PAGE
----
Warner Music has extended its deal with YouTube, and is very excited about its new partnership with the Google video site. Though it’s mainly excited about the length of the new deal, and the fact that it’s not committed to anything for too long. So basically what the major is saying is “with this new deal in the bag, we can’t wait to start negotiating the next deal”. Such is the peculiarity of the music industry’s relationship with YouTube.
The mini-major’s CEO Steve Cooper last week wrote in a memo to staff, published by Variety, that: “I wanted to let you all know that, following months of tough negotiations, we’ve extended our deals with YouTube, separately for music publishing and recorded music. On the publishing side, Warner/Chappell tirelessly championed songwriters’ rights, and equally, our recorded music team was relentless on behalf of our artists and our music”.
He added: “We secured the best possible deals under very difficult circumstances. Our new deals are also shorter than usual, giving us more options in the future”.
Of course, while YouTube remains a key marketing platform for the music industry, and does generate some income via rights owners sharing in the ad revenue generated around their content, most labels and publishers are unhappy with their deals with the Google company and the royalties they earn from them.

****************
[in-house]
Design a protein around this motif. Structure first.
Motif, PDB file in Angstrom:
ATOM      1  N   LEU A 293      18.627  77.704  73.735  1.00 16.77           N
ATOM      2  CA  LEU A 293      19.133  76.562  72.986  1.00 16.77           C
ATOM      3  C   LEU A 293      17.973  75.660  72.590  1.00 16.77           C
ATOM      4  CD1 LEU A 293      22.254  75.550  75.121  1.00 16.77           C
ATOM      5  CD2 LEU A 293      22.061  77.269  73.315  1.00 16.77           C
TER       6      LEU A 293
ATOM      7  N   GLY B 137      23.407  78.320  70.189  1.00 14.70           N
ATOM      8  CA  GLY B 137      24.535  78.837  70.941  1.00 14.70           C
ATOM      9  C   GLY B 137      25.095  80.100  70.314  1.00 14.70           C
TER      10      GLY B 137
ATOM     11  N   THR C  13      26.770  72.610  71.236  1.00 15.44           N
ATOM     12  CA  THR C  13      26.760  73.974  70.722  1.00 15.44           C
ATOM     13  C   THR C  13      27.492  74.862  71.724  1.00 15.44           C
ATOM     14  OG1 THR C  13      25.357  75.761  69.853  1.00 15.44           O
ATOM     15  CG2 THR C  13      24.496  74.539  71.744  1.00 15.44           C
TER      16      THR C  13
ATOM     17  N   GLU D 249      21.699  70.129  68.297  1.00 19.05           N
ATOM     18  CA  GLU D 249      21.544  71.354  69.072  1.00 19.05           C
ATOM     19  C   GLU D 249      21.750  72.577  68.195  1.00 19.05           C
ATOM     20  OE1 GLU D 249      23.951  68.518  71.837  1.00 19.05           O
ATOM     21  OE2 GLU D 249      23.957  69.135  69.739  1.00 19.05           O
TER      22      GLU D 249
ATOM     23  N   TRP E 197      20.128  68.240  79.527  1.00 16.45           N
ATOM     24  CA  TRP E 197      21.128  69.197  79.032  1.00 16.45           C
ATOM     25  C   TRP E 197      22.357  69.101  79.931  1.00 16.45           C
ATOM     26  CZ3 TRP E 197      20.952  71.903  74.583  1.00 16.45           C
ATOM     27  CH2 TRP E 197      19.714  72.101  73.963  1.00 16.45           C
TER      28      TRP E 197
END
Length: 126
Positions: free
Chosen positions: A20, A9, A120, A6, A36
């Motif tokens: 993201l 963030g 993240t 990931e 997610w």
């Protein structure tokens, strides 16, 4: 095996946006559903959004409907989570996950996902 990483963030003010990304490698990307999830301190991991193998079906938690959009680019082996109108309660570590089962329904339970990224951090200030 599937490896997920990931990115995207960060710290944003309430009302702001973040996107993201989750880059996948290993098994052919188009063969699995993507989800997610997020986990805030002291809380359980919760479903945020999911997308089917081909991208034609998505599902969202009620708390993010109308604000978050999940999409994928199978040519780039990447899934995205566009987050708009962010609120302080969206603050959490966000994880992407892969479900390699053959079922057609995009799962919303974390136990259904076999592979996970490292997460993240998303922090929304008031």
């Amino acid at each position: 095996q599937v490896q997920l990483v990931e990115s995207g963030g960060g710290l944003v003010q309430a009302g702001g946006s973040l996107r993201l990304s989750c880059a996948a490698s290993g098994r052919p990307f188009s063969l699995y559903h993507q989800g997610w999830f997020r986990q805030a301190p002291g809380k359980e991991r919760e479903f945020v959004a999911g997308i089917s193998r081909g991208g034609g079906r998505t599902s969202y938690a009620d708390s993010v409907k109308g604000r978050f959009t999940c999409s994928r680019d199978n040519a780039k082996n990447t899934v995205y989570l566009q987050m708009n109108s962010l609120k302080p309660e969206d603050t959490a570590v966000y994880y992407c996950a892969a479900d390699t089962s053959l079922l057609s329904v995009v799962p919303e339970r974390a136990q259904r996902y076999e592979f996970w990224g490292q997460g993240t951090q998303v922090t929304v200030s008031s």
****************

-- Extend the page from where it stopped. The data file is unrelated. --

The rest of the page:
The issue is that it’s hard for music companies to keep their songs and recordings off the user-upload platform, and those pesky safe harbour laws mean that the music industry hasn’t to date been able to shift responsibility for keeping unlicensed music off YouTube onto YouTube itself. This, the music industry argues, greatly weakens the negotiating hand of the rights owners, hence them only reluctantly doing licensing deals with the Google site.
Labels and publishers want copyright law rewritten, so that companies like YouTube no longer benefit from the safe harbour. Cooper’s memo continued: “Our fight to further improve compensation and control for our songwriters and artists continues to be hindered by the leverage that ‘safe harbour’ laws provide YouTube and other user-uploaded services. There’s no getting around the fact that, even if YouTube doesn’t have licences, our music will still be available but not monetised at all. Under those circumstances, there can be no free-market ‘willing buyer, willing seller’ negotiation”.